Human bones have become weaker due to declining mobility and rise of agriculture

Human bones have become weaker due to declining mobility and rise of agriculture

Domestication has resulted in the shift to lighter or weaker human bones. A team of researchers studied the bones of hundreds of humans who lived in Europe during the past 33,000 years and found out that rise of agriculture and a decline in mobility drove the shift.

It is worth mentioning that modern lifestyles leaning toward sedentary and a diet high in fat and carbohydrates have made humans weight heavier. This is evident from the prevalence of overweight and obesity in developed and developing countries. However, despite this increase in body mass index, human bones have become weaker

A team of researchers from across Europe and the United States studied a large sample of European skeletons beginning 2008 to understand further the reason behind the decrease in human bone strength, particularly by establishing a link between this biological change and a key development in human civilisation. The researchers focused their attention on Europe primarily because of the abundance of archeological sites coupled with relatively little genetic variation in the entire population.

In conducting the study, the researchers scanned molds of bones obtained from museum collections using a portable X-ray machine to analyse their geometry. They focused on two major bones from the legs and one from the arms because by comparing the lower limbs with the upper limbs, they could easily determine whether the changes in bone strength were due to mobility or something else, like nutrition.

The geometric analysis of the bones revealed that there was a decline in bone strength between the Mesolithic era, which began about 10,000 years ago, and the age of the Roman Empire, which began about 2,500 years ago. Arm bone strength, however, remained considerably steady, thus suggesting that the changes were due to mobility.

“There was a lot of evidence that earlier humans had stronger bones and that weight-bearing exercise in modern humans prevents bone loss,” said Christopher Ruff, PhD, professor of functional anatomy and evolution at the John Hopkins University School of Medicine. “But we didn’t know whether the shift to weaker bones over the past 30,000 years or so was driven by the rise in agriculture, diet, urbanisation, domestication of the horse or other lifestyle changes.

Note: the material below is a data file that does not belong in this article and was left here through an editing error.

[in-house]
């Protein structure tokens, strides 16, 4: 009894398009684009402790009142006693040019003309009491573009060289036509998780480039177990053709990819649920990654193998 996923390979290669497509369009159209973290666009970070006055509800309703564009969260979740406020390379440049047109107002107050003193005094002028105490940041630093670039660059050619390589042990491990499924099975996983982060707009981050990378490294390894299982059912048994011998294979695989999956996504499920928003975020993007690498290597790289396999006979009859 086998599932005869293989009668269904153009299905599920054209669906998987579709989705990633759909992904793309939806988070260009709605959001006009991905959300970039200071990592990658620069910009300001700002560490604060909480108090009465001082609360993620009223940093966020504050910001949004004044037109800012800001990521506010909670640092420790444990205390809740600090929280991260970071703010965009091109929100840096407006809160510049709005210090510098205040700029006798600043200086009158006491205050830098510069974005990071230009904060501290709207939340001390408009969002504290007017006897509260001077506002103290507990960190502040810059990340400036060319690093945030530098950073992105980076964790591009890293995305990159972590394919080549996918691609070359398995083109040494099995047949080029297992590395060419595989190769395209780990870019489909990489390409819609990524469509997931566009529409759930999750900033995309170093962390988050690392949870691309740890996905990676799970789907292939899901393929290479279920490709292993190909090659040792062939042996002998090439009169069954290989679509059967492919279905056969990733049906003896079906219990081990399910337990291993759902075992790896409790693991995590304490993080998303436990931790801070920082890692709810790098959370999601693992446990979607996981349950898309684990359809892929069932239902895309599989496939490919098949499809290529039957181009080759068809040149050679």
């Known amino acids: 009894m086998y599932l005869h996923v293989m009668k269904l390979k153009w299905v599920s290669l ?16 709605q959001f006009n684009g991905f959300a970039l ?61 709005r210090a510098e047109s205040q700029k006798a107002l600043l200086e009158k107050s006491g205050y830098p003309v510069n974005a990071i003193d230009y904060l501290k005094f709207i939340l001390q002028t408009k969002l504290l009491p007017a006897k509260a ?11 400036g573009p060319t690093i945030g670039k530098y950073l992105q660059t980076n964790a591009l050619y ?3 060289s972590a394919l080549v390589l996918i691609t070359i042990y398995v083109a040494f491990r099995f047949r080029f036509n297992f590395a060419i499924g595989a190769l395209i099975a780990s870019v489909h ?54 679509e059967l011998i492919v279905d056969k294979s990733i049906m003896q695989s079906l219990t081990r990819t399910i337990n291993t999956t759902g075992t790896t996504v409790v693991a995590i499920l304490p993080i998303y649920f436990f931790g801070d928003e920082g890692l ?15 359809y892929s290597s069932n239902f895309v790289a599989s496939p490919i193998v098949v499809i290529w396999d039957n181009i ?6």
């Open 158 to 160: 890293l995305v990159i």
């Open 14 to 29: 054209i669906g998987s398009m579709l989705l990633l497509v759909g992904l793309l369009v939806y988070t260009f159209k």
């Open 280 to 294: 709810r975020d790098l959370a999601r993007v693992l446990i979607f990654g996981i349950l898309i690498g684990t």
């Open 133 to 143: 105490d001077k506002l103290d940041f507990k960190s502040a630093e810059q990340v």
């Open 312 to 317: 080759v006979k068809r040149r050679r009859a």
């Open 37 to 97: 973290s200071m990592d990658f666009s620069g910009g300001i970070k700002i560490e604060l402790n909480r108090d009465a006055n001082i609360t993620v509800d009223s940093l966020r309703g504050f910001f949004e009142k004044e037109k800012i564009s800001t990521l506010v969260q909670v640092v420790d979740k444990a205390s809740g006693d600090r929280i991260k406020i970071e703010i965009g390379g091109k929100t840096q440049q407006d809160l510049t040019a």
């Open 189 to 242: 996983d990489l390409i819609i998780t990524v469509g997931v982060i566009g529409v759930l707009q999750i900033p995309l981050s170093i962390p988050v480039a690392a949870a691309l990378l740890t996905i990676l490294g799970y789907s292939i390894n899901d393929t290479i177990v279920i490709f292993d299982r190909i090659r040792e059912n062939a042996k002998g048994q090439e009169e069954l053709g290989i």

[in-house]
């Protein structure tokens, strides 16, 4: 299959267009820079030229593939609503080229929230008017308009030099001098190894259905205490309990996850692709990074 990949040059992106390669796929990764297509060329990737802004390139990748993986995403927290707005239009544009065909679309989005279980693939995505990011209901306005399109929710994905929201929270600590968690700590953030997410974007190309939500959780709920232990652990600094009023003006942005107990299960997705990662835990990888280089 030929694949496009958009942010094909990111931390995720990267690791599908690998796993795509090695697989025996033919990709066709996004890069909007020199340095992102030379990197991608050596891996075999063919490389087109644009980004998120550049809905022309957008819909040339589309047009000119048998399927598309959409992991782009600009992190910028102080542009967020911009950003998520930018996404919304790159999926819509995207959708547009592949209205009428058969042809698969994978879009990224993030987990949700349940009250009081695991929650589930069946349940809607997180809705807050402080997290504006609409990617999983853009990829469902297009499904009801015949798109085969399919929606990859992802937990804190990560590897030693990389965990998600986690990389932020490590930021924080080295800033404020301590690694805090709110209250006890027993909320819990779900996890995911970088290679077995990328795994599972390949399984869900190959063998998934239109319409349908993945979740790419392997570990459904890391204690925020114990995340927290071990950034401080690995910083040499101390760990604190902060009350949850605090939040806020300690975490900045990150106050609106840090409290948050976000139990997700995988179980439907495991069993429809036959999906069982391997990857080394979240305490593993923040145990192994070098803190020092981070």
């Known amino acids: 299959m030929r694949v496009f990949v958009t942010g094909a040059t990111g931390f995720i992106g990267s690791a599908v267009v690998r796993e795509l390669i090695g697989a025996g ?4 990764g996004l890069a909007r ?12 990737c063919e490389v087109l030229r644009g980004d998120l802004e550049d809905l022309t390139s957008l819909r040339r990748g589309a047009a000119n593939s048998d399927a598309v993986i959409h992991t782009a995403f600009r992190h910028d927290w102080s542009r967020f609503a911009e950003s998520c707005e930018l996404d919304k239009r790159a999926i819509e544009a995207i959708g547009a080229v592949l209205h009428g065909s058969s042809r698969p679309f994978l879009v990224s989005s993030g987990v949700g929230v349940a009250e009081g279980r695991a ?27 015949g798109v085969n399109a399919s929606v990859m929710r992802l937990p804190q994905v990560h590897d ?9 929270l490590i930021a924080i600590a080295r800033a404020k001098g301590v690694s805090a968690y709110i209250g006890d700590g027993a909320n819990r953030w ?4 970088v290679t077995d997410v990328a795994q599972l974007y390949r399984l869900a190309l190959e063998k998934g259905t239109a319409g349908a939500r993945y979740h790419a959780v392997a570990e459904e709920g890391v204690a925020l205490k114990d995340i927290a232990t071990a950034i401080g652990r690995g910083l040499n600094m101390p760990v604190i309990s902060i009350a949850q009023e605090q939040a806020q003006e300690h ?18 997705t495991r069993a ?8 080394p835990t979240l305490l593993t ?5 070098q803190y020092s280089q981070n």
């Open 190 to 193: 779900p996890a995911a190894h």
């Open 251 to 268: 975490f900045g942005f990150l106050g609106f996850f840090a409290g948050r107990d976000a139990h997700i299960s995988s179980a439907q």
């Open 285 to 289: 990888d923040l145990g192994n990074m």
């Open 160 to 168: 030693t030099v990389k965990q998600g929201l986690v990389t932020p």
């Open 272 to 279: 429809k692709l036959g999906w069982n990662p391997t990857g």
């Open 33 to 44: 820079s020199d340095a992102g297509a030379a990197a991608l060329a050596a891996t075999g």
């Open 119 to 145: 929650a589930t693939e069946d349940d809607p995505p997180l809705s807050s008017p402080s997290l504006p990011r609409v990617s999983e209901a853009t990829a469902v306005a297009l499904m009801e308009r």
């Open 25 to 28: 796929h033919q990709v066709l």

“By analysing many arm and leg bone samples from throughout that time span, we found that European humans’ bones grew weaker gradually as they developed and adopted agriculture and settled down to a more sedentary lifestyle, and that moving into cities and other factors had little impact.”

The study ultimately supports the understanding that bones pack more calcium and grow stronger due to stress from walking, running, and lifting that was more common before the onset of agriculture.

It is also important to note that the researchers found out that the mobility first decline during the Neolithic period—a period that marked the onset of agriculture. As agriculture intensified over several thousand years, the level of mobility gradually declined. Thus, the researchers concluded that the decline in mobility was the specific behavioural factor leading to a profound biological change characterised by a shift to lighter or weaker human bones. Furthermore, it appeared that mechanisation and industrialisation have no direct impact because bone strength during the medieval period remained as it is today.

Further details of the study are in the article “Gradual decline in mobility with the adoption of food production in Europe” published in 2015 in the journal Proceedings of the National Academy of Sciences of the United States of America. Other authors on the paper are Brigitte M. Holt and Erin Whittey of the University of Massachusetts, Amherst; Markku Niskanen, Juho-Antti Junno and Rosa Vilkama of the University of Oulu in Finland; Vladimir Sladek, Martin Hora and Eliska Schuplerova of Charles University in Prague; Margit Berner of Vienna’s Natural History Museum; Evan Garofalo of the University of Maryland, Baltimore; and Heather M. Garvin of Mercyhurst University.